Wikipedia says:
Lattice Boltzmann methods (LBM) (Thermal Lattice Boltzmann methods (TLBM)) is a class of computational fluid dynamics (CFD) methods for fluid simulation. Instead of solving the Navier–Stokes equations?, the discrete Boltzmann equation is solved to simulate the flow of a Newtonian fluid with collision models such as Bhatnagar-Gross-Krook (BGK). By simulating streaming and collision processes across a limited number of particles, the intrinsic particle interactions evince a microcosm of viscous flow behavior applicable across the greater mass.
This Azimuth page will only treat the former LBM and focus on computational methods, available software for now. If you want to see more of where it originates and also mathematical derivation, see the Wikipedia article in the References section.
LBM is a relatively new simulation technique for complex fluid systems and has attracted interest from researchers in computational physics. Unlike the traditional CFD methods, which solve the conservation equations of macroscopic properties (i.e., mass, momentum, and energy) numerically, LBM models the fluid consisting of fictive particles, and such particles perform consecutive propagation and collision processes over a discrete lattice mesh. Due to its particulate nature and local dynamics, LBM has several advantages over other conventional CFD methods, especially in dealing with complex boundaries, incorporating of microscopic interactions, and parallelization of the algorithm. A different interpretation of the lattice Boltzmann equation is that of a discrete-velocity Boltzmann equation. The numerical methods of solution of the system of partial differential equations then gives rise to a discrete map, which can be interpreted as the propagation and collision of fictitious particles.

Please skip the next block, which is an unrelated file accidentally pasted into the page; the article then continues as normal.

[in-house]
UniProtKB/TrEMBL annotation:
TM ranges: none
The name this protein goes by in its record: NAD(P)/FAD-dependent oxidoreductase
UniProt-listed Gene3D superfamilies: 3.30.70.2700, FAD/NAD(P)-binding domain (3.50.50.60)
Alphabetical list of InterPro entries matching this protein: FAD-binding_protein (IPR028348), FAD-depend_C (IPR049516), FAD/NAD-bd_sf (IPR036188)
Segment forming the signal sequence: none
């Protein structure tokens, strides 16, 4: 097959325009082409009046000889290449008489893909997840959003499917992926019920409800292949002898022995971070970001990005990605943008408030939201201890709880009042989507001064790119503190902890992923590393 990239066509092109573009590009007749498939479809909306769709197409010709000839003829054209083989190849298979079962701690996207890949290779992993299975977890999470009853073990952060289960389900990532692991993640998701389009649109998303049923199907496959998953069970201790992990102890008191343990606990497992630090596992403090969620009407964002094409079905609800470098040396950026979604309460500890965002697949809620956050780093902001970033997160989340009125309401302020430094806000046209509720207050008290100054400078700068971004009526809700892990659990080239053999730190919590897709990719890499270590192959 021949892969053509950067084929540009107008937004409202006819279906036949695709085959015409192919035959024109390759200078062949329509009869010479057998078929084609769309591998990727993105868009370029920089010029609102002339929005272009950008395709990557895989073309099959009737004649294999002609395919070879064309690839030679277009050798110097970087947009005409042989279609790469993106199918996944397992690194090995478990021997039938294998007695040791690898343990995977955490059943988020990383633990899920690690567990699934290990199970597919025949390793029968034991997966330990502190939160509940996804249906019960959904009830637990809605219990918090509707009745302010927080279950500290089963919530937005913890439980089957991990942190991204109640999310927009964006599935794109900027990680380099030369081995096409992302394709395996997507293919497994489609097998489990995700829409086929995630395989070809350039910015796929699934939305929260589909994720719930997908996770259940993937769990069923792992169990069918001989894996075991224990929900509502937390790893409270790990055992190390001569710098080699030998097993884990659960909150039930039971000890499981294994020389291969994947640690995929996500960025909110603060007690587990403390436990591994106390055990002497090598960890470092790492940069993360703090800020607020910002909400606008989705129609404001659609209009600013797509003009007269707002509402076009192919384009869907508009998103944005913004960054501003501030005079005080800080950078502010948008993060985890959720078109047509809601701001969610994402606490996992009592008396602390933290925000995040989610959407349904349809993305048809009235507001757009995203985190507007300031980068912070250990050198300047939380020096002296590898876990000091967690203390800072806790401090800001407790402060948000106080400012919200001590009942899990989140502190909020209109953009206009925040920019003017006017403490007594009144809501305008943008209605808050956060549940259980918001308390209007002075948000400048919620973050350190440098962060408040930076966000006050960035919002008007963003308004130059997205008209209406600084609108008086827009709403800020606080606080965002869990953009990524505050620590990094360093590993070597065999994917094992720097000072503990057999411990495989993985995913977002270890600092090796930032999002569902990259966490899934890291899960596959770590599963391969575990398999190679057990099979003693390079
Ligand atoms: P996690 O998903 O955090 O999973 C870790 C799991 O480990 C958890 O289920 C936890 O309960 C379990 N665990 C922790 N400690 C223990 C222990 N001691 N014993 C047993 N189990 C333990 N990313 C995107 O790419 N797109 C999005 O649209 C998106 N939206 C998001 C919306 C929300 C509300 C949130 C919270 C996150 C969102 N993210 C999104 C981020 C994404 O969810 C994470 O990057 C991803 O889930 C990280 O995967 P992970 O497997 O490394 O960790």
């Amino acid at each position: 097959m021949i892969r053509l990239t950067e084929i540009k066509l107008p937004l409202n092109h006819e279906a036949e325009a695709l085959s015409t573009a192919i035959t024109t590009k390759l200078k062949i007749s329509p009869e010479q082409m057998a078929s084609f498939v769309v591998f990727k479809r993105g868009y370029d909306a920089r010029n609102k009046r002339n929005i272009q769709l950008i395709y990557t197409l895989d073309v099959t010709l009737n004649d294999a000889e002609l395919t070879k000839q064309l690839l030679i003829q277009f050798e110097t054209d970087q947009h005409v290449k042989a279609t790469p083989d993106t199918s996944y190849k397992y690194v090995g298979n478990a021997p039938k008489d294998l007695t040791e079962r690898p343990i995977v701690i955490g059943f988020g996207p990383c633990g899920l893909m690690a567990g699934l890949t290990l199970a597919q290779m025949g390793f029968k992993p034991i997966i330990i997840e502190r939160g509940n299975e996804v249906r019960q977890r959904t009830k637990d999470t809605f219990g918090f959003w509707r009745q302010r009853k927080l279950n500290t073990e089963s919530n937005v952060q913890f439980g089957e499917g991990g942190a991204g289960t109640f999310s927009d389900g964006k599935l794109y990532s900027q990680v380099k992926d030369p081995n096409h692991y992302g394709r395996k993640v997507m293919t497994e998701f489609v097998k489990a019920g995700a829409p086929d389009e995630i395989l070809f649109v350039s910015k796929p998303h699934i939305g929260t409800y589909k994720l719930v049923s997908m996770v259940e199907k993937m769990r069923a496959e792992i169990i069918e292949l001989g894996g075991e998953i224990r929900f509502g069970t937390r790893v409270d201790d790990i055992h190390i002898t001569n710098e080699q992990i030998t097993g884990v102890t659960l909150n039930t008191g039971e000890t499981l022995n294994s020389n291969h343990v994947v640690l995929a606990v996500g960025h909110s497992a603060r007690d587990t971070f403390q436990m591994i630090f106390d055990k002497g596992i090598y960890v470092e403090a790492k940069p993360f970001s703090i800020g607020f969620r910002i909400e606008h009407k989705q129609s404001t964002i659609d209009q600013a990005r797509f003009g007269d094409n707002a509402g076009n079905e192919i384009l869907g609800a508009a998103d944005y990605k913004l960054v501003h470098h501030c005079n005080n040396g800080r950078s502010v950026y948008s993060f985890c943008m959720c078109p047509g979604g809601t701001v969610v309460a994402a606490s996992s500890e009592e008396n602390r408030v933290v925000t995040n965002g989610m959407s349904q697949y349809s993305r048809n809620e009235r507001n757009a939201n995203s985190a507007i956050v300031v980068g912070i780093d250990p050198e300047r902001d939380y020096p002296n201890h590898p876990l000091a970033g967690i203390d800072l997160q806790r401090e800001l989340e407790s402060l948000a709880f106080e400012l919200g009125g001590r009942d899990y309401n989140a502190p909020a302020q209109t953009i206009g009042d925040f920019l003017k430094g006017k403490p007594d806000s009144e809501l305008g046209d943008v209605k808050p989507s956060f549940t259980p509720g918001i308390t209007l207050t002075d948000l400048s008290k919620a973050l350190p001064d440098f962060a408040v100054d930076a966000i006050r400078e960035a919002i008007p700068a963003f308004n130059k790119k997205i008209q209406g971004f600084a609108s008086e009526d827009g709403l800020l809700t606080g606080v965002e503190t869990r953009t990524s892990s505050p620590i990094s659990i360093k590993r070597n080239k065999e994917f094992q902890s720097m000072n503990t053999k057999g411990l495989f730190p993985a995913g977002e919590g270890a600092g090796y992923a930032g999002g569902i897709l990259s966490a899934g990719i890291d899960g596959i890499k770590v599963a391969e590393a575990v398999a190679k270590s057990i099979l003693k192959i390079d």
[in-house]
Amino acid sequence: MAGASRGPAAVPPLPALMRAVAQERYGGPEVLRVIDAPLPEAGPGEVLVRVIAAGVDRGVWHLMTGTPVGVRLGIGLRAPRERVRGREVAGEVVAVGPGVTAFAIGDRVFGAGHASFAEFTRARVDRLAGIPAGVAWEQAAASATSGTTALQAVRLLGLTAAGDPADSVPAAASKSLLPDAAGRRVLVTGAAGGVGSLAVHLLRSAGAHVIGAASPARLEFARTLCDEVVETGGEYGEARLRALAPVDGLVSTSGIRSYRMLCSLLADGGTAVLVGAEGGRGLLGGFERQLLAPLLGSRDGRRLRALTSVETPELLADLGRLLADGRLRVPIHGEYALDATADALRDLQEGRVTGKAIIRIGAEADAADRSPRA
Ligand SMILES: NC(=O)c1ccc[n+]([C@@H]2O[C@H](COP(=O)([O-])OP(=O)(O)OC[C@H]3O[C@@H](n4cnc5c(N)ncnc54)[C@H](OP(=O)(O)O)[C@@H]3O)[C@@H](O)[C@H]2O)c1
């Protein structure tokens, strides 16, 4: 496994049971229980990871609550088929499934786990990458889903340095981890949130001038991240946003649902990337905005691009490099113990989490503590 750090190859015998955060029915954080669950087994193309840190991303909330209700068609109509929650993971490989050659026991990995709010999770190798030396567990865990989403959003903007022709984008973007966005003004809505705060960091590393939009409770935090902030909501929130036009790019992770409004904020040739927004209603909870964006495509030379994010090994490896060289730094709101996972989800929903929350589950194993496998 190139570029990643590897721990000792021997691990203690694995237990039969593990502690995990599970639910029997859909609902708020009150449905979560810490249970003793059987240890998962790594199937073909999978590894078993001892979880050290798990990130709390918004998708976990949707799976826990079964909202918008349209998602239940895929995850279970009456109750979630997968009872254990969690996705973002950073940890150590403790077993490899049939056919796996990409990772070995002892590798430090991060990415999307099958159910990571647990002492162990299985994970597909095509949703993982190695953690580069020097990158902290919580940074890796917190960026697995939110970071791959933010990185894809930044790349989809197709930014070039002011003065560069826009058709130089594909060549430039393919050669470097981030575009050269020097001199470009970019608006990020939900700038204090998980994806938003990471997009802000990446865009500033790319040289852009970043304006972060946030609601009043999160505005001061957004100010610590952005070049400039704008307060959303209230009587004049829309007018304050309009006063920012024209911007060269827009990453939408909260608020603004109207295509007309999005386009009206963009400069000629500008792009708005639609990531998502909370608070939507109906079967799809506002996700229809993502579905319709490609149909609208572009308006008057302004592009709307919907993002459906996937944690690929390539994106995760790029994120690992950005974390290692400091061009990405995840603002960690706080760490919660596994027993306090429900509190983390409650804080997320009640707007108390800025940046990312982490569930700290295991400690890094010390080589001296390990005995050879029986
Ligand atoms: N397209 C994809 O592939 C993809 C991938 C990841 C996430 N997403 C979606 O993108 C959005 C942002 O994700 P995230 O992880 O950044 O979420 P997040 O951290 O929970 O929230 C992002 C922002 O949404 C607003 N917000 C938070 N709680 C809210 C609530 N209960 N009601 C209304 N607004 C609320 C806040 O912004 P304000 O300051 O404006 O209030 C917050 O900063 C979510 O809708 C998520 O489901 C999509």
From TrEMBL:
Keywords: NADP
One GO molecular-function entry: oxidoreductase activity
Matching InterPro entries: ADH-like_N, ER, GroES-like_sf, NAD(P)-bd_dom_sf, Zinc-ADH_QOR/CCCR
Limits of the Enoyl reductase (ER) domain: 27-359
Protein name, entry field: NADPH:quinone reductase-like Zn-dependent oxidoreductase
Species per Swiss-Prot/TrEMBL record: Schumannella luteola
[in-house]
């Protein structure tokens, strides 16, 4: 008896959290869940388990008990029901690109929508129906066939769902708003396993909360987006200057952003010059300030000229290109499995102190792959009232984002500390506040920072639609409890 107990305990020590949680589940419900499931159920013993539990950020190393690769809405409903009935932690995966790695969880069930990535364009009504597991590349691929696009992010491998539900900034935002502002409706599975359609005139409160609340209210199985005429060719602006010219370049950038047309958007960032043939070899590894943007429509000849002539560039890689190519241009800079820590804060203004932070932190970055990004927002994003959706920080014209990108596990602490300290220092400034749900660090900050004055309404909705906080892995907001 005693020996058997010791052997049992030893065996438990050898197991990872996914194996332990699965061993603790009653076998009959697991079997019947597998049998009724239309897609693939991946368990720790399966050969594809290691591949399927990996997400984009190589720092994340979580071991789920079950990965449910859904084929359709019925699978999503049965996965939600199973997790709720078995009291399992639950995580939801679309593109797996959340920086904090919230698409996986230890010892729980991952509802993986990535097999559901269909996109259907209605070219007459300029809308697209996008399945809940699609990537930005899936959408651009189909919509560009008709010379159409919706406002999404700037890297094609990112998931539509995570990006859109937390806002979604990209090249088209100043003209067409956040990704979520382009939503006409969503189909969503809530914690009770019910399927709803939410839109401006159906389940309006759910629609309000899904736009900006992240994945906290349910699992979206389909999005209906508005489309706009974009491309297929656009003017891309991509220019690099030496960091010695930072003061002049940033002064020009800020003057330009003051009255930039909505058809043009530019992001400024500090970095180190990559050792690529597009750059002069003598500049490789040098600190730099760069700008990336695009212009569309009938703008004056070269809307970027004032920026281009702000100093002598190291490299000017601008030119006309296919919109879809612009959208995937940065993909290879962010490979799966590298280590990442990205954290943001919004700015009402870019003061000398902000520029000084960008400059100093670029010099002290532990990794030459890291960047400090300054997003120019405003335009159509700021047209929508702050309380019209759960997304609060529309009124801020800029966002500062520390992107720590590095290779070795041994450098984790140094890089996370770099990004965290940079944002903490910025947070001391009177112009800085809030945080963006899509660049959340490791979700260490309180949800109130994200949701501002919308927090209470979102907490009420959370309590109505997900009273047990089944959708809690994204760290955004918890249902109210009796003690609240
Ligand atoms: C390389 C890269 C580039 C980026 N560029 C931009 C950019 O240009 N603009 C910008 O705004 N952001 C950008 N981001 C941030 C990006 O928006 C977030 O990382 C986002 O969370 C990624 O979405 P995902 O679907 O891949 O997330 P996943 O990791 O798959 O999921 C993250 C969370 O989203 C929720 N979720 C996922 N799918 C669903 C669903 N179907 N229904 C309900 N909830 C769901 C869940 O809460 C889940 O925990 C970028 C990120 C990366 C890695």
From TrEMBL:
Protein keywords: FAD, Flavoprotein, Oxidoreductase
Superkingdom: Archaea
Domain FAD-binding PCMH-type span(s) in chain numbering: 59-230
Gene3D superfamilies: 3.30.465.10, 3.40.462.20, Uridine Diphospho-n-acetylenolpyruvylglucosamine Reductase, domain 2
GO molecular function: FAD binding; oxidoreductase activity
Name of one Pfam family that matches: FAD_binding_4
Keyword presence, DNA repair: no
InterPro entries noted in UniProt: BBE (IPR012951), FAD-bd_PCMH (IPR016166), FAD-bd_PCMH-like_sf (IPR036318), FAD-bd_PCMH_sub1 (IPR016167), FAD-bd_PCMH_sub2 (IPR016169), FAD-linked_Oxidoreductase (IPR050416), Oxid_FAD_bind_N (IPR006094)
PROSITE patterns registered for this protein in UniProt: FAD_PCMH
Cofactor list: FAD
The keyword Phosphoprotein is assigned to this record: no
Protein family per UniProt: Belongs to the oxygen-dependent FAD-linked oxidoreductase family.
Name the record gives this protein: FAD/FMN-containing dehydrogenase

In the computer algorithm, the collision and streaming step are defined as follows:
Collision step: $f_i^t(\vec x,t+\delta_t) = f_i^t(\vec x,t) + \frac{1}{\Tau_f}(f_i^eq - f_i))$
Streaming step: $f_i(\vec x + \vec\delta_t,t+\delta_t) = f_i^t(\vec x,t + \delta_t)$
Open Source
Open Source
LIMBES: Open source (GPL) code in 2D based on Gauss-Hermite quadrature, parallel (openmp), fortran 90
OpenLB: Open source (GPLv2) library based on LBM, parallel, C++
Palabos: Open source (GPL) lattice Boltzmann code
Sailfish: Open Source LBM code (LGPL) for Graphics Processing Units (CUDA/OpenCL/Python)
El’Beem: free CFD code (GPL) which uses LBM
J-Lattice-Boltzmann: interactive Java applet for experimenting with LBM
C examples: Some simple example LBM code in C.